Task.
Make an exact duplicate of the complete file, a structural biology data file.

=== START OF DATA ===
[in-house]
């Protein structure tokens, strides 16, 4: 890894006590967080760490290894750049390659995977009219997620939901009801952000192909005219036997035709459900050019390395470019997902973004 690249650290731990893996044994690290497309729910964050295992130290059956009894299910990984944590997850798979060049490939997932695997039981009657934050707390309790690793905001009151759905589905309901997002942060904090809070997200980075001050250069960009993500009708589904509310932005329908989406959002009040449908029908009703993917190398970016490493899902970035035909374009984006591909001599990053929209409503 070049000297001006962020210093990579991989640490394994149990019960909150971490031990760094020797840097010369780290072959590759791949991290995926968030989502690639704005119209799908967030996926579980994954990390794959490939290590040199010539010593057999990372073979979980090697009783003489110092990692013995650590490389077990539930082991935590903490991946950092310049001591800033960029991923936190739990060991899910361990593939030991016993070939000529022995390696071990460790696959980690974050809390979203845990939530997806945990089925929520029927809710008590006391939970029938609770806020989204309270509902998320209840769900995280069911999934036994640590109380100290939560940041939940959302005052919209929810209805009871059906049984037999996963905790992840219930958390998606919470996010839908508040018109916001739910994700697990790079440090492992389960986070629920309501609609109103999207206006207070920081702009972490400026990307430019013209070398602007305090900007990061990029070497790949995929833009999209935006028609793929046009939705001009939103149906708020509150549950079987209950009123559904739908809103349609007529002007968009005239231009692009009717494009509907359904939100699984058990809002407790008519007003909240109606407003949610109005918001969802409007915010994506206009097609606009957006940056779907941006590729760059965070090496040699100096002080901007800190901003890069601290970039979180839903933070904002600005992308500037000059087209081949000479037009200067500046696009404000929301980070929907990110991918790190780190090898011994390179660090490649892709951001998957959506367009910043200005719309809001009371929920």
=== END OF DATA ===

[in-house]
């Protein structure tokens, strides 16, 4: 890894006590967080760490290894750049390659995977009219997620939901009801952000192909005219036997035709459900050019390395470019997902973004 690249650290731990893996044994690290497309729910964050295992130290059956009894299910990984944590997850798979060049490939997932695997039981009657934050707390309790690793905001009151759905589905309901997002942060904090809070997200980075001050250069960009993500009708589904509310932005329908989406959002009040449908029908009703993917190398970016490493899902970035035909374009984006591909001599990053929209409503 070049000297001006962020210093990579991989640490394994149990019960909150971490031990760094020797840097010369780290072959590759791949991290995926968030989502690639704005119209799908967030996926579980994954990390794959490939290590040199010539010593057999990372073979979980090697009783003489110092990692013995650590490389077990539930082991935590903490991946950092310049001591800033960029991923936190739990060991899910361990593939030991016993070939000529022995390696071990460790696959980690974050809390979203845990939530997806945990089925929520029927809710008590006391939970029938609770806020989204309270509902998320209840769900995280069911999934036994640590109380100290939560940041939940959302005052919209929810209805009871059906049984037999996963905790992840219930958390998606919470996010839908508040018109916001739910994700697990790079440090492992389960986070629920309501609609109103999207206006207070920081702009972490400026990307430019013209070398602007305090900007990061990029070497790949995929833009999209935006028609793929046009939705001009939103149906708020509150549950079987209950009123559904739908809103349609007529002007968009005239231009692009009717494009509907359904939100699984058990809002407790008519007003909240109606407003949610109005918001969802409007915010994506206009097609606009957006940056779907941006590729760059965070090496040699100096002080901007800190901003890069601290970039979180839903933070904002600005992308500037000059087209081949000479037009200067500046696009404000929301980070929907990110991918790190780190090898011994390179660090490649892709951001998957959506367009910043200005719309809001009371929920």